For example, if your audience is engaging over the phone, then you can make sure that your phone numbers and hours are up-to-date in the business profiles. Similarly, if your audience clicks on driving direction frequently, then make sure that your NAP is accurate. More on that below.

#3. Monitor Reviews to Gain Insights About Each Market’s Performance

There are many ways to learn and monitor how your various locations perform, but nothing beats reviews for assessing problems and challenges your brand faces regularly.

The thing is, those issues might differ between various locations. One of the key aspects to optimize your local visibility is to also identify and address them on a location-level.

Recommended Reading: 8 Challenges of Local SEO (and How to Solve Them)

When you analyze and correlate reviews from multiple areas, you could discover issues customers face in selected locations, but not nationally.

For example, here is a review for a hotel chain:


However, customers in their other locations praise the cleanliness and the room interior. Using insights like this could help national brands identify factors that detract customers from engaging with their products and boost overall customer satisfaction.

So, what should you look at when assessing reviews?

  • The frequency of negative vs. positive reviews by location.

  • Most common problems customers mention in reviews by location or area.

  • And the severity of those problems, to pinpoint locations that would require immediate attention.

LocalClarity helps national brands access reviews and other customer data across multiple locations from one single dashboard, making it easy to quickly spot issues requiring immediate attention. In addition, it also allows you to respond to reviews so you can quickly get to all of your locations' reviews all from one place.

The platform allows you sort and go directly to the negative reviews so you can answer those quickly.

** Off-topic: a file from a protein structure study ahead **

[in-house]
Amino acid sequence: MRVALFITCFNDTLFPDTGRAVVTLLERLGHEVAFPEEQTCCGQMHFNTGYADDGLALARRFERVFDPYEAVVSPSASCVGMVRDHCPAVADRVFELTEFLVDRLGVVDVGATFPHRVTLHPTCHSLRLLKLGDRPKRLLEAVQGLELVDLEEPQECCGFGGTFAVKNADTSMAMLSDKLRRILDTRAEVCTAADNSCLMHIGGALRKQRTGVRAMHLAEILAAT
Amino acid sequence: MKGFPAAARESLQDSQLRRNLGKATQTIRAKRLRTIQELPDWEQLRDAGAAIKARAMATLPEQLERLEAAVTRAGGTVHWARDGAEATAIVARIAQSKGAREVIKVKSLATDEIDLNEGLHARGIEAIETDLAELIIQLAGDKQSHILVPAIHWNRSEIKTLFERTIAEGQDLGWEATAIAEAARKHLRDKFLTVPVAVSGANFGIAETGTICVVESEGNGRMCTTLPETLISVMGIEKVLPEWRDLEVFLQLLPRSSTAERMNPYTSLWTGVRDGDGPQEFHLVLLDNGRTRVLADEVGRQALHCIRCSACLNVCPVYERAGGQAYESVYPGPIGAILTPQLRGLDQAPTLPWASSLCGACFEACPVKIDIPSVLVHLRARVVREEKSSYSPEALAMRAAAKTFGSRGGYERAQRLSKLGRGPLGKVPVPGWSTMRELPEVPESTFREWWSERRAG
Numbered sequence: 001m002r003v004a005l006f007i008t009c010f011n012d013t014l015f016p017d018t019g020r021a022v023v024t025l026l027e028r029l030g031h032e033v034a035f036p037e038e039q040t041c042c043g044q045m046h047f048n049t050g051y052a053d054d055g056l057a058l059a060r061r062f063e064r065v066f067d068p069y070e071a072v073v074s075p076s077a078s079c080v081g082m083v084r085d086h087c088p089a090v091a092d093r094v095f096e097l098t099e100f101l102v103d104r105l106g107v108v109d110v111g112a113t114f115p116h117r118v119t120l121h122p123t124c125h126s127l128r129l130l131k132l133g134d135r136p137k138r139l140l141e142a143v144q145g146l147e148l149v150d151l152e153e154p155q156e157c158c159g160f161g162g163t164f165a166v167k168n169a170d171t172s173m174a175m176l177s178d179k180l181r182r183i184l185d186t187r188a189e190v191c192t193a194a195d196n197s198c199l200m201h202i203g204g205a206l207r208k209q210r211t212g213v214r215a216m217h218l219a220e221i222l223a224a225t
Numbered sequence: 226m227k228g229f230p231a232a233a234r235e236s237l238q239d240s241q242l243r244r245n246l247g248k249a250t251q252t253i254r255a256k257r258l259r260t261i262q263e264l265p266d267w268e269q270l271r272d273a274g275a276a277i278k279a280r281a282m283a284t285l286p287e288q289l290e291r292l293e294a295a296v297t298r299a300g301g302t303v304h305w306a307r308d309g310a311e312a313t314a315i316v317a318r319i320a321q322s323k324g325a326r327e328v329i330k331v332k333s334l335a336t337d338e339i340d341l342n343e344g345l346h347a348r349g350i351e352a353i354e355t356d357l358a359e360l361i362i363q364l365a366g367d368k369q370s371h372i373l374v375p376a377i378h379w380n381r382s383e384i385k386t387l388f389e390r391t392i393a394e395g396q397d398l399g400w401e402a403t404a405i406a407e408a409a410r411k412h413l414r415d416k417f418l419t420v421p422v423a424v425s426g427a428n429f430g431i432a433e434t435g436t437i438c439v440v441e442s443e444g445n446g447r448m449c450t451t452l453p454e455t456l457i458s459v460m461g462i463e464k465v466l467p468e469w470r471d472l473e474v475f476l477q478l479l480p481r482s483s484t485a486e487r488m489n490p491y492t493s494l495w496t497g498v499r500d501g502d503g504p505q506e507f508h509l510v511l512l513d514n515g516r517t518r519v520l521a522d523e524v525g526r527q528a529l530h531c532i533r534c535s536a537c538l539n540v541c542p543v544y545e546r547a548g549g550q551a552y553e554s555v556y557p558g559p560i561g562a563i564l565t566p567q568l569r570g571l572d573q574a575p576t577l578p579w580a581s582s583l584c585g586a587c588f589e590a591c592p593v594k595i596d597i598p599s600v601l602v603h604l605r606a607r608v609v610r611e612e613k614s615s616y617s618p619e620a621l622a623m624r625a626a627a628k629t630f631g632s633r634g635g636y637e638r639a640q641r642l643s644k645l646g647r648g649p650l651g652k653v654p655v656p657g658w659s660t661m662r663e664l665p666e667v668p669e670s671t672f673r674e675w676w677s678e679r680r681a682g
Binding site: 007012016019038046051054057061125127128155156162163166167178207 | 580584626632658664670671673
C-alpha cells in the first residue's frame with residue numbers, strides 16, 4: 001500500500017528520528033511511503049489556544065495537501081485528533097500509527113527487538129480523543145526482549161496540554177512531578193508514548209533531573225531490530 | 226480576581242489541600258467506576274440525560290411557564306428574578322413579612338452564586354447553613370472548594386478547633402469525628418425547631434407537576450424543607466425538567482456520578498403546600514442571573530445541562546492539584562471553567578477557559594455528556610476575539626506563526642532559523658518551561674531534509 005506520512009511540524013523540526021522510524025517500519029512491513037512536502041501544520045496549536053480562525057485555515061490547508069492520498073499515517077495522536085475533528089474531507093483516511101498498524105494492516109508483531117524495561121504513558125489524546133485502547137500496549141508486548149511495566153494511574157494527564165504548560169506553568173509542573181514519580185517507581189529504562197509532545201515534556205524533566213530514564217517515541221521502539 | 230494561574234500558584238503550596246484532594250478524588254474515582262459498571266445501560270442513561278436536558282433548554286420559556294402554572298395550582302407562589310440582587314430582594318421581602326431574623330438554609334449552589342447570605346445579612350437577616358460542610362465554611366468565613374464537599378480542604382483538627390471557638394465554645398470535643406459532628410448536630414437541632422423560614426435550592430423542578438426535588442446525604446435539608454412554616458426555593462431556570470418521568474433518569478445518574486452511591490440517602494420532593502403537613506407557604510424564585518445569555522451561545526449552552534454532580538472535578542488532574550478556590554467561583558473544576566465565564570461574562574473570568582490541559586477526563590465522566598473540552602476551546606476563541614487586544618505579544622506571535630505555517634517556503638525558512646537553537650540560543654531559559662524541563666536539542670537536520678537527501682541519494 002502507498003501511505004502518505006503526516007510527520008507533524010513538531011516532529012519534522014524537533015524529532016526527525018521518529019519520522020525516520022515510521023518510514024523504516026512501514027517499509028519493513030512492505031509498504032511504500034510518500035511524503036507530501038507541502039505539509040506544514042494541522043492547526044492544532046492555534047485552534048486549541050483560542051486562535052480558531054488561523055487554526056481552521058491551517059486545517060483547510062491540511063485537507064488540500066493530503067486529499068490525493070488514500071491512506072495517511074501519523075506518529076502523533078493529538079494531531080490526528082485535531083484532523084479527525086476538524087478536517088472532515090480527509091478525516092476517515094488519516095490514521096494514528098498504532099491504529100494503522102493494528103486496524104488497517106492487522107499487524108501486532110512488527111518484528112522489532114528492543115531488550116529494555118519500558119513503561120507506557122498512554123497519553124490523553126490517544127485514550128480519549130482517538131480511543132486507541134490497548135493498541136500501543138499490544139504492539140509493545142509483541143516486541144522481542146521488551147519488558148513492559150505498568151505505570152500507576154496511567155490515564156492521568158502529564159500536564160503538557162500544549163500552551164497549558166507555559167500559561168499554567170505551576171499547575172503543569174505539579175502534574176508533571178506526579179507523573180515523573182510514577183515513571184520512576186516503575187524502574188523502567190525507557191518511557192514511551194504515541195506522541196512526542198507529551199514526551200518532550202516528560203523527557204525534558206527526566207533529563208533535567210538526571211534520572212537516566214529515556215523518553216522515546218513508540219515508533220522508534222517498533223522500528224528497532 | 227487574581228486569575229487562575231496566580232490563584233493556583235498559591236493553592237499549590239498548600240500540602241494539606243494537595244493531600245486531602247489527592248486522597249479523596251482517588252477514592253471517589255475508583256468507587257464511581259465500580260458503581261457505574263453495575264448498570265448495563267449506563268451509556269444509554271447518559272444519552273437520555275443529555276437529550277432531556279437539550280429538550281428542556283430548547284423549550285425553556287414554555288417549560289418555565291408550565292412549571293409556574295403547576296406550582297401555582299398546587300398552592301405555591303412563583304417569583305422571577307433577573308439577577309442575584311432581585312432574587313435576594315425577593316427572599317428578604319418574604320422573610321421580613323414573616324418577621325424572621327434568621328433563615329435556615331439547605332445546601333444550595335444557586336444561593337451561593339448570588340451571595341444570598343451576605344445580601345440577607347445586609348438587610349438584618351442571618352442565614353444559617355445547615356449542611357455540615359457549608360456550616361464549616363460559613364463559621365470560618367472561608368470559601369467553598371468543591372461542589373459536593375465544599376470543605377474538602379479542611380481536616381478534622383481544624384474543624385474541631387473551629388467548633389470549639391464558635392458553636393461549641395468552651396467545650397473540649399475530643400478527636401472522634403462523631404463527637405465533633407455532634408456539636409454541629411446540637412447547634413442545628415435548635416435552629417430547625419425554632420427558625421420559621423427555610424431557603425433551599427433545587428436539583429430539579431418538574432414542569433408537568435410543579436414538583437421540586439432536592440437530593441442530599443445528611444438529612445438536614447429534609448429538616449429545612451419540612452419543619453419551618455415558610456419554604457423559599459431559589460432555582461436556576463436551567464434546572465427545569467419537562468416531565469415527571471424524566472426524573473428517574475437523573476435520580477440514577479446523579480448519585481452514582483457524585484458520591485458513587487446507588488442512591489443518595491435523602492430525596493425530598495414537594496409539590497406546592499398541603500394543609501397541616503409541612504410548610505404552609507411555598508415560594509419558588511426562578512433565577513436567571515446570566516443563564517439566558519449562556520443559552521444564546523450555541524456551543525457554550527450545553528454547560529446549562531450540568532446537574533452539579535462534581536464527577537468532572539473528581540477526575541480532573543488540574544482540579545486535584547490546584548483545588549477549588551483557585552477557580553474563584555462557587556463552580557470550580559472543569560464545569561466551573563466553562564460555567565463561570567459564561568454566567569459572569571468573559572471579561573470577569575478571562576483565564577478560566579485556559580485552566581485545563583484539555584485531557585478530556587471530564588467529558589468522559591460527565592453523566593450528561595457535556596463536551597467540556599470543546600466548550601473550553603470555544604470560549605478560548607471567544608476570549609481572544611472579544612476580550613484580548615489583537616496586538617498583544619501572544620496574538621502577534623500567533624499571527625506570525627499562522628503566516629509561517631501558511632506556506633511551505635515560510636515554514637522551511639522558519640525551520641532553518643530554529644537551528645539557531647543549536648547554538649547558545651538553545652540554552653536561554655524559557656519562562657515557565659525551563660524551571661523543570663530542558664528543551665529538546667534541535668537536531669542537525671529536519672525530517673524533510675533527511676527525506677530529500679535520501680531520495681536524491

#4. Set Up Local Rank Tracking for All Your Locations

Rankings are not the end goal of any SEO strategy, of course. But a proper tracking and attribution is key to evaluating the success of your work, and to prove the value of your actions.

Local Rank Tracking in seoClarity 

Naturally, local rank tracking is far easier if your company operates in a single location. An enterprise company, however, with multiple locations scattered around the country or even the globe must rely on far more powerful data.

Recommended Reading: A Strategic Approach to Geo Reporting in SEO

What’s more, to fully evaluate the impact of various campaigns, it must have all this data in one place. 

To succeed, set up local rank tracking for every location you operate in, ideally down to the ZIP code, if necessary. 

seoClarity offers the most accurate local rank tracking explicitly designed for enterprise companies operating in multiple locations. It uses geo-located IPs to collect local ranking data from local data centers. 

#5. Add Location-Specific Landing Pages to the Website for Every Location

Company-specific attributes can help to distinguish the business and its various qualities so that the search engine could display it for relevant searches.

These attributes can define whether a coffee shop has outdoor seating or whether it is a place suitable for business lunches and so on. 

But there is another way you can use those attributes to win in local search. 

You see, these attributes come predefined by Google. You select the ones that relate to your business or location from a list. But what’s little known is that the search engine adds those attributes based on what users are searching for. 

Recommended Reading: Win at Multi-Location SEO with these 5 Strategies

This means that attributes relate directly to the audience’s needs, and so, they are the information customers expect to find when reviewing the business.